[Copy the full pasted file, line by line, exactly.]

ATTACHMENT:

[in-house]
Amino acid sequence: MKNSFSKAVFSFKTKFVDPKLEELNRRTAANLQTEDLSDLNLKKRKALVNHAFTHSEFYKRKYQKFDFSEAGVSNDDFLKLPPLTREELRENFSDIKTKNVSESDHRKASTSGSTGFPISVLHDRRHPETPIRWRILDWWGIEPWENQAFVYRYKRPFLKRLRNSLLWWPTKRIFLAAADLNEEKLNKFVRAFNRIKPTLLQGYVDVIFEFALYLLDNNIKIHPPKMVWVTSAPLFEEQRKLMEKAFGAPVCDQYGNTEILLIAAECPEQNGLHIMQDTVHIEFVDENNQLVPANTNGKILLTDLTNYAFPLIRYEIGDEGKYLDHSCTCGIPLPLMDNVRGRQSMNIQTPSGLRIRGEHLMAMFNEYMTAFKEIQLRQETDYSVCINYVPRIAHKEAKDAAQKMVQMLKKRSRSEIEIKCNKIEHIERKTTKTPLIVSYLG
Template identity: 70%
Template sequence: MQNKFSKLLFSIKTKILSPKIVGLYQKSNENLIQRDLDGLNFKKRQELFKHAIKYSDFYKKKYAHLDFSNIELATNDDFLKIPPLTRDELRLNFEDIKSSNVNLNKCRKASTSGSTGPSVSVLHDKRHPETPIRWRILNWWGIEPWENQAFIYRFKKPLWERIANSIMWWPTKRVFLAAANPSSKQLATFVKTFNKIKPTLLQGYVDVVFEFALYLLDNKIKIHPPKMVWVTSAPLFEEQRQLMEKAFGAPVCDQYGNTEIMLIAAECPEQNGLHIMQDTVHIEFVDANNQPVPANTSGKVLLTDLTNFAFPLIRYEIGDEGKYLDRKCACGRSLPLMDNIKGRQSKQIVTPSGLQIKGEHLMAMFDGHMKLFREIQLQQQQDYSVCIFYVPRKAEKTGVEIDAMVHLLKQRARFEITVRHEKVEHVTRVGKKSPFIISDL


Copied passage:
[in-house]
Amino acid sequence: MKNSFSKAVFSFKTKFVDPKLEELNRRTAANLQTEDLSDLNLKKRKALVNHAFTHSEFYKRKYQKFDFSEAGVSNDDFLKLPPLTREELRENFSDIKTKNVSESDHRKASTSGSTGFPISVLHDRRHPETPIRWRILDWWGIEPWENQAFVYRYKRPFLKRLRNSLLWWPTKRIFLAAADLNEEKLNKFVRAFNRIKPTLLQGYVDVIFEFALYLLDNNIKIHPPKMVWVTSAPLFEEQRKLMEKAFGAPVCDQYGNTEILLIAAECPEQNGLHIMQDTVHIEFVDENNQLVPANTNGKILLTDLTNYAFPLIRYEIGDEGKYLDHSCTCGIPLPLMDNVRGRQSMNIQTPSGLRIRGEHLMAMFNEYMTAFKEIQLRQETDYSVCINYVPRIAHKEAKDAAQKMVQMLKKRSRSEIEIKCNKIEHIERKTTKTPLIVSYLG
Template identity: 70%
Template sequence: MQNKFSKLLFSIKTKILSPKIVGLYQKSNENLIQRDLDGLNFKKRQELFKHAIKYSDFYKKKYAHLDFSNIELATNDDFLKIPPLTRDELRLNFEDIKSSNVNLNKCRKASTSGSTGPSVSVLHDKRHPETPIRWRILNWWGIEPWENQAFIYRFKKPLWERIANSIMWWPTKRVFLAAANPSSKQLATFVKTFNKIKPTLLQGYVDVVFEFALYLLDNKIKIHPPKMVWVTSAPLFEEQRQLMEKAFGAPVCDQYGNTEIMLIAAECPEQNGLHIMQDTVHIEFVDANNQPVPANTSGKVLLTDLTNFAFPLIRYEIGDEGKYLDRKCACGRSLPLMDNIKGRQSKQIVTPSGLQIKGEHLMAMFDGHMKLFREIQLQQQQDYSVCIFYVPRKAEKTGVEIDAMVHLLKQRARFEITVRHEKVEHVTRVGKKSPFIISDL